Statistics

Firearm Deaths in the U.S.
2008-2017

Number of deaths

Suicide
Homicide
Other

The “other” category is defined as any firearm death that is not defined by the CDC as a homicide or a suicide. This could include unintentional, undetermined, and legal intervention. To obtain the number of deaths in the “other” category, the total number of firearm suicide deaths and firearm homicide deaths were subtracted from the overall firearm deaths in a given year.

Firearm Death Rates in the U.S.
2008-2017

Age-adjusted rate per 100,000

Firearm Homicide Rate
Firearm Suicide Rate

 

 

Disparities Across Demographics

BY SEX

While females are more likely than males to attempt suicide, males are four times more likely to die by suicide.  Across all demographics, males have higher rates of firearm suicide and suicide overall. This is primarily due to the fact that males are more likely to use a more lethal suicide attempt method, such as firearms. Suicide attempts among males are eight times more likely to involve firearms than attempts among females.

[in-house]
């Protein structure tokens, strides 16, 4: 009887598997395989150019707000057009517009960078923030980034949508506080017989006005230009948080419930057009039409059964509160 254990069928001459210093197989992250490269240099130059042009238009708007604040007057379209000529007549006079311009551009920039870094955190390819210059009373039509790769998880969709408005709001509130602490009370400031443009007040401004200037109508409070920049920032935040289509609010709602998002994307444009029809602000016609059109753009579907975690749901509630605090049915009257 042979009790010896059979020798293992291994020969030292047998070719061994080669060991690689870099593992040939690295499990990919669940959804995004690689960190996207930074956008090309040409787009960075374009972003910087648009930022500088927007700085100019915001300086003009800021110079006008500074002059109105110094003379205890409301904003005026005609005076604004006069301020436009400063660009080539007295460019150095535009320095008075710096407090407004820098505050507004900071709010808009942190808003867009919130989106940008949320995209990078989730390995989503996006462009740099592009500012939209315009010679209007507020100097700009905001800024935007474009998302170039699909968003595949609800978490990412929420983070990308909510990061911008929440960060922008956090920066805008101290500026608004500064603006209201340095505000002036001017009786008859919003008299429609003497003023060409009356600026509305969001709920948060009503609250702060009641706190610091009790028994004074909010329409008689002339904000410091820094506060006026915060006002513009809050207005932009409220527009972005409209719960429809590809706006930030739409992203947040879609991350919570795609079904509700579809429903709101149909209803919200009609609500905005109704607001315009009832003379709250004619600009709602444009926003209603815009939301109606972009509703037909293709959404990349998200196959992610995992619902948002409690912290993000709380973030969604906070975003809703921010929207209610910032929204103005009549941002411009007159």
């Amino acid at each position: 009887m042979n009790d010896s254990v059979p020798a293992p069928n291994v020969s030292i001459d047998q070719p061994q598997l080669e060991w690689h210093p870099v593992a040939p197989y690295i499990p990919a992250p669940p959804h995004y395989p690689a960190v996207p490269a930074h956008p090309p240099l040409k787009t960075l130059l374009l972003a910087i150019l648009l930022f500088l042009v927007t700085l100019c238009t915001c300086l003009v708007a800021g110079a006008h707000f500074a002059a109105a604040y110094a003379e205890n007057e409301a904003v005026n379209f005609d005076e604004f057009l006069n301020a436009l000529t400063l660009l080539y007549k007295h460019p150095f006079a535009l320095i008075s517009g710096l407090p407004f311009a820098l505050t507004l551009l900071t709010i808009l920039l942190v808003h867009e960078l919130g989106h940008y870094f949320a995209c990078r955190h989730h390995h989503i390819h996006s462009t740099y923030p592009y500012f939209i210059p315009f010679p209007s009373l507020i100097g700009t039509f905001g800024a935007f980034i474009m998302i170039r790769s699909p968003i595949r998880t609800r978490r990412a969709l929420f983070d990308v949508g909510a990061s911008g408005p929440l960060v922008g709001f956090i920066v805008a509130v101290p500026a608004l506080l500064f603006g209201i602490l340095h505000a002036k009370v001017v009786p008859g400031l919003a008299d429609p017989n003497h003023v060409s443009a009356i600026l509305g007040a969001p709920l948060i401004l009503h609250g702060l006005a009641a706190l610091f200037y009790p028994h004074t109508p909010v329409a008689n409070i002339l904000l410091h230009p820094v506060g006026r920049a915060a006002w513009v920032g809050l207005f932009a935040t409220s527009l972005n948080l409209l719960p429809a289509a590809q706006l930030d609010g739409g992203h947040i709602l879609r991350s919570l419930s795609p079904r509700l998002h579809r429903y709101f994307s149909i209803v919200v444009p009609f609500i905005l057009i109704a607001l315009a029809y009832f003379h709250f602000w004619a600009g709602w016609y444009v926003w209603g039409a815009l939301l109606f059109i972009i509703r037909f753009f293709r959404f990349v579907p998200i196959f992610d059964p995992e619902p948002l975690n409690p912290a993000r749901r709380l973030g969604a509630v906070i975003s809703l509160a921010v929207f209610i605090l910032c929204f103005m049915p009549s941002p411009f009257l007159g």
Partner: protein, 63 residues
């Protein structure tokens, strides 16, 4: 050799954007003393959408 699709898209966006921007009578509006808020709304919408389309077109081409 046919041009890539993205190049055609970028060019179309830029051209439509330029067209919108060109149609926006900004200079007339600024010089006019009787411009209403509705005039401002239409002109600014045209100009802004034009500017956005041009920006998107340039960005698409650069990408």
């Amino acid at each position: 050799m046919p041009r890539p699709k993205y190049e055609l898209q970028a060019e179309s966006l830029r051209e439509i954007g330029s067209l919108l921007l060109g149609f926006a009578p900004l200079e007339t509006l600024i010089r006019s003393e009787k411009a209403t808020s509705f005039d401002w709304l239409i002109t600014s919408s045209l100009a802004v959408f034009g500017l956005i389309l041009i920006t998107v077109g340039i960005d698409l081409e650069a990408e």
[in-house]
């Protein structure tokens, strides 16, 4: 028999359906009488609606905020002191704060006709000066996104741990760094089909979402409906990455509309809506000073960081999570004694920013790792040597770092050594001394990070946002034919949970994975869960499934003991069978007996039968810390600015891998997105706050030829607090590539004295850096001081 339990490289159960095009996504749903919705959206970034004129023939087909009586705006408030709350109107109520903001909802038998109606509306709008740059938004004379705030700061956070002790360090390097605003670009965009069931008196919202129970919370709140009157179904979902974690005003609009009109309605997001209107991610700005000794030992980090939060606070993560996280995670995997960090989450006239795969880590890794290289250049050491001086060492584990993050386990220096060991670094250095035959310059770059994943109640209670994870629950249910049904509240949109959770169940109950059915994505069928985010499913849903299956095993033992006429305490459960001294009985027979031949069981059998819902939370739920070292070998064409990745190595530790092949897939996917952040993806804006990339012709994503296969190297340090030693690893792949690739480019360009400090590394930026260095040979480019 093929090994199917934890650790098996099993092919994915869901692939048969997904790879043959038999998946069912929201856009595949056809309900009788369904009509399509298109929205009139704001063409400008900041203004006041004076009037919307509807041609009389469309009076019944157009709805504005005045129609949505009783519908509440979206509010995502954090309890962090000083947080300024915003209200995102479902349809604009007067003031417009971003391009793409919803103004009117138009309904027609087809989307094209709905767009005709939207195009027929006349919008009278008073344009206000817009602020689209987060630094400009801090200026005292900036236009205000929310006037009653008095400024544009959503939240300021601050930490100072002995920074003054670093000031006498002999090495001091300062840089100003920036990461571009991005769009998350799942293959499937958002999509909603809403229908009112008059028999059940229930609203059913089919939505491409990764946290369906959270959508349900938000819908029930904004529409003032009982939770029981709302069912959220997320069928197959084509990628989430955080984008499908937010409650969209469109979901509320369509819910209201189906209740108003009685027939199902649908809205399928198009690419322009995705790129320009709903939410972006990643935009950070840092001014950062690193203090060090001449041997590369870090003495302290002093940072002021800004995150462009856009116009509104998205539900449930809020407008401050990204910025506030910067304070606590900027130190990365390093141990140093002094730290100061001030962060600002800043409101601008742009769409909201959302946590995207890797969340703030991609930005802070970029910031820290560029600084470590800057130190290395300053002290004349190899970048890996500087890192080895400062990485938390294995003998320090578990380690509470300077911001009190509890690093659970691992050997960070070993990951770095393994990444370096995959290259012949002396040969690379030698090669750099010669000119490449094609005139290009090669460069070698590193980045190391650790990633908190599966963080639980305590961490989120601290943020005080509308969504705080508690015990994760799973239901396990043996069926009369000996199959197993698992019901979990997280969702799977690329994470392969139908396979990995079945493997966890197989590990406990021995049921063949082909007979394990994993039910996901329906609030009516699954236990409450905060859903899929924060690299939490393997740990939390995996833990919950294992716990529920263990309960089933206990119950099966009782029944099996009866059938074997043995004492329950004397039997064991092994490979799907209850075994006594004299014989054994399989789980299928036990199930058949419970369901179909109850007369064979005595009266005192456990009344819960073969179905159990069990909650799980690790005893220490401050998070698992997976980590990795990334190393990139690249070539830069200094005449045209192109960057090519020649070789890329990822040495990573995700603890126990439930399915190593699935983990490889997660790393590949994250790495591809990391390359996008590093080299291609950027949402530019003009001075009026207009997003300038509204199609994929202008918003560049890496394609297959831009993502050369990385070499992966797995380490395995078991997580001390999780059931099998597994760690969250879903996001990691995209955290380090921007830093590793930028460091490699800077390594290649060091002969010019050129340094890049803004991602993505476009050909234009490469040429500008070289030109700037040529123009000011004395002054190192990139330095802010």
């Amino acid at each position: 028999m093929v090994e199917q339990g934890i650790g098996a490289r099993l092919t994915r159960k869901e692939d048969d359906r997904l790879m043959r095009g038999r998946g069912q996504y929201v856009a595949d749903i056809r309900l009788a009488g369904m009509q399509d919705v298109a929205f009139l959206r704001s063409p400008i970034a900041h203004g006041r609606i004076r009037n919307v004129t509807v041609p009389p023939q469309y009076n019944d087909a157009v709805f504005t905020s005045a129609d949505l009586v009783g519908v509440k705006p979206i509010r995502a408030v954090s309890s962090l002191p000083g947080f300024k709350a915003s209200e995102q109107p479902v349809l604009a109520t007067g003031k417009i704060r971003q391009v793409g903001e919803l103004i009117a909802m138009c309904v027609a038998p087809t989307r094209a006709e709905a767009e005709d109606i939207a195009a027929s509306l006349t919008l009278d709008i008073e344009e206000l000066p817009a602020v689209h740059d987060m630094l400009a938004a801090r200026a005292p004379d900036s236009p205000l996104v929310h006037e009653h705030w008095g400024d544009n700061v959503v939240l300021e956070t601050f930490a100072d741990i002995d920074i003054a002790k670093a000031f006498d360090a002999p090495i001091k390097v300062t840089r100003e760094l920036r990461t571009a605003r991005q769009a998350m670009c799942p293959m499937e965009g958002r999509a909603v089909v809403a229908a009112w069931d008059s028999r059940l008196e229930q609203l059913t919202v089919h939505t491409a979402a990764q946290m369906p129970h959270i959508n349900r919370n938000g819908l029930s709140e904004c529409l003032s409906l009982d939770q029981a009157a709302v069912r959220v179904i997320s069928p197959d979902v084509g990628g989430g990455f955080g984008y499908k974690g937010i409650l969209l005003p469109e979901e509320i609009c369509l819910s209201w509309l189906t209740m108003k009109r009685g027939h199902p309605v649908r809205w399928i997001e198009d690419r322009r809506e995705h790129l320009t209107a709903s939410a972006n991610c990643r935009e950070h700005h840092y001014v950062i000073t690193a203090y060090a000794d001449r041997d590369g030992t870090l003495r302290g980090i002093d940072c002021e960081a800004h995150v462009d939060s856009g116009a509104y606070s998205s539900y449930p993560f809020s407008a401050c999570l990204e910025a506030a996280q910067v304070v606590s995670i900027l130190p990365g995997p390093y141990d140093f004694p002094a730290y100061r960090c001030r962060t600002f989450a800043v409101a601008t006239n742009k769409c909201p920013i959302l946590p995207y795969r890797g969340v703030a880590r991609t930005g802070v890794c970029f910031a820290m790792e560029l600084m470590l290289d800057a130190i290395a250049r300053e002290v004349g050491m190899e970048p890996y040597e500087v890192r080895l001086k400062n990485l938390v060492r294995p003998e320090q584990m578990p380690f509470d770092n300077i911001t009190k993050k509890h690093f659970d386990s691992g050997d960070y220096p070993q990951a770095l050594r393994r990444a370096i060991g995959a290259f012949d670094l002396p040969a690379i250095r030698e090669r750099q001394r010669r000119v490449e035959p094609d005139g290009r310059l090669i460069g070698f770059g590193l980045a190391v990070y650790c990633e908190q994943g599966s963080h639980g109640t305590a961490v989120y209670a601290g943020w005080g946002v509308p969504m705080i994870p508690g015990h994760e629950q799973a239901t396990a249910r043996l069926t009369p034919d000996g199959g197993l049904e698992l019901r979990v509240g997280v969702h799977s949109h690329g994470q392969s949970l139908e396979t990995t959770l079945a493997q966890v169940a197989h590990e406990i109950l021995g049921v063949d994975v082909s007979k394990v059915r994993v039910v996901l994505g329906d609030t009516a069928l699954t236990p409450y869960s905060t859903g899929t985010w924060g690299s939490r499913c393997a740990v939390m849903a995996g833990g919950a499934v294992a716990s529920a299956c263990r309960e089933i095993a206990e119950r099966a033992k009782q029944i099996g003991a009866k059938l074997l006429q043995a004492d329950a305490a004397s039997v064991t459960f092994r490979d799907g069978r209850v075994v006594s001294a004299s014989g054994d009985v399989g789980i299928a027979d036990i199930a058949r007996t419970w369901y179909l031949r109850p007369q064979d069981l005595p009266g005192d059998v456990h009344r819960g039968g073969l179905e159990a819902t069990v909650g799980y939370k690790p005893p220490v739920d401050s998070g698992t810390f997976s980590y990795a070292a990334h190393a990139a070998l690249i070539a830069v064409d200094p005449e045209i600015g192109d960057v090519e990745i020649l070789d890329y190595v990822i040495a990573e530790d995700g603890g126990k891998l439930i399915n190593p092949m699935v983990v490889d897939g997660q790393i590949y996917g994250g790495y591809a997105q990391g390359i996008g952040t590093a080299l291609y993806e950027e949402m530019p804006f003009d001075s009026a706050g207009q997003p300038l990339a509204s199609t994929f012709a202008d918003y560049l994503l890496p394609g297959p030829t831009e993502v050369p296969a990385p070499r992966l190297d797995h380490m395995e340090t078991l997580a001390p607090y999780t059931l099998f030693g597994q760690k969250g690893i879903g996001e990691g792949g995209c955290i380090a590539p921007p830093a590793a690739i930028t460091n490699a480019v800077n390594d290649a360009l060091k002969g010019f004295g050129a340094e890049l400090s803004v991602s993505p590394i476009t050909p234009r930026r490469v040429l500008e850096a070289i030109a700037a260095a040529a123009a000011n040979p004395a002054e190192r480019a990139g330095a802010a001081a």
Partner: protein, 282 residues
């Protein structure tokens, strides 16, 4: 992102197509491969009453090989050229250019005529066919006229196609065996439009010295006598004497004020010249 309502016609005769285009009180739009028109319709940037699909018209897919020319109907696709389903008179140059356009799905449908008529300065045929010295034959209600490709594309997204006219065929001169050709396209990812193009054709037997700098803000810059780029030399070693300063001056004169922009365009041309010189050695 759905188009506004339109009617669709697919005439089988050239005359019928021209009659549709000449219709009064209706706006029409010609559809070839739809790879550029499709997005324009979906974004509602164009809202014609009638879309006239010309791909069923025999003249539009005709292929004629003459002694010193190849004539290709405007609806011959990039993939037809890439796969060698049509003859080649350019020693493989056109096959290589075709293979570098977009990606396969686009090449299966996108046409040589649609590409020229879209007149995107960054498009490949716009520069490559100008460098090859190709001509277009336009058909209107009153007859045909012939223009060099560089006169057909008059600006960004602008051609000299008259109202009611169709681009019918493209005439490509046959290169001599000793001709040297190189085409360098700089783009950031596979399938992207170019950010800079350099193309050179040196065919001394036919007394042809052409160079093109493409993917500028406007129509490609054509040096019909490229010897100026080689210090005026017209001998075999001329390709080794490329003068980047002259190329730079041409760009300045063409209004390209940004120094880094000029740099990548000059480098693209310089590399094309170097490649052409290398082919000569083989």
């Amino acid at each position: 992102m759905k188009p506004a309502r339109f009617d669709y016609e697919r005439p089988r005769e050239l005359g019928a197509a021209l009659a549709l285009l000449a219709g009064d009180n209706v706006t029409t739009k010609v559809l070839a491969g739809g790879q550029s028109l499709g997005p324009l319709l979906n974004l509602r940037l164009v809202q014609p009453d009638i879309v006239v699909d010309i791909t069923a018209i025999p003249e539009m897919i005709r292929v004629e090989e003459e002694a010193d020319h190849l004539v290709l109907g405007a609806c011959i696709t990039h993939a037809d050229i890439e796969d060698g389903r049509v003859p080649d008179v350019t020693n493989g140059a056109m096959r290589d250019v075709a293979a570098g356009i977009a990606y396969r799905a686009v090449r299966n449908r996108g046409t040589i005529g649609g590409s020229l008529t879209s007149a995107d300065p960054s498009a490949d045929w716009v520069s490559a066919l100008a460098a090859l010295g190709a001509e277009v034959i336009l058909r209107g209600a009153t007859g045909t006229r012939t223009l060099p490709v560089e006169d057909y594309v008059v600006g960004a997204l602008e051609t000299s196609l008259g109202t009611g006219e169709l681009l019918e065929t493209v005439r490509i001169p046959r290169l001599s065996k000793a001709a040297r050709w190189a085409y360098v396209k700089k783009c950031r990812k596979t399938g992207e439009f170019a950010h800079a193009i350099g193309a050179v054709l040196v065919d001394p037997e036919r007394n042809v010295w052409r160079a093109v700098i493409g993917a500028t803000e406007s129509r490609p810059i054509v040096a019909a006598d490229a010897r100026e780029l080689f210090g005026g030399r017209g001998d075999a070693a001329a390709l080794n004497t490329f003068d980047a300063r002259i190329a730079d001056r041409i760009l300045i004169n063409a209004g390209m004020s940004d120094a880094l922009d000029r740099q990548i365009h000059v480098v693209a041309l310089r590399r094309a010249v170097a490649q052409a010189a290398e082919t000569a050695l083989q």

Firearm Suicide Deaths by Sex
2013-2017

Male
Female

 

 

BY SEX, RACE, AND ETHNICITY

White males and American Indian/Alaska Native males are disproportionately impacted by firearm suicide. White males die by firearm suicide at a rate 2 times higher than the overall population and American Indian/Alaska Native males die by firearm suicide at a rate 1.3 times higher than the overall population.

 

Firearm Suicide Rates by Sex, Race, and Ethnicity
2013-2017

Age-adjusted rate per 100,000

Male
Female

The chart above includes four racial categories: (1) American Indian/Alaska Native, (2) Asian, (3) Black, and (4) White; as well as one Hispanic Origin category: (1) Hispanic/Latino. Race and Hispanic Origin categories defined by the CDC are not mutually exclusive, meaning that a person counted in the Hispanic/Latino category will also be counted in a racial category at the same time.

Variations by State

Firearm suicide rates vary substantially across the country. Suicide rates (both overall and by firearm) are generally higher in places where household firearm ownership is more common. In 2017, Hawaii had the lowest firearm suicide rate, while Montana had the highest.

 

State Firearm Suicide Rates, 2017
Ranked from Lowest to Highest

Age-adjusted rate per 100,000

Sources:

Unless otherwise specified, all other data is compiled from the Centers for Disease Control and Prevention, National Center for Health Statistics. Underlying Cause of Death 1999-2017 on CDC Wonder Online Database.

  1. Conner A, Azrael D, & Miller M. (2019). Suicide case-fatality rates in the United States, 2007 to 2014: A nationwide population-based study. Annals of Internal Medicine.

 

This page was last updated on December 16, 2019.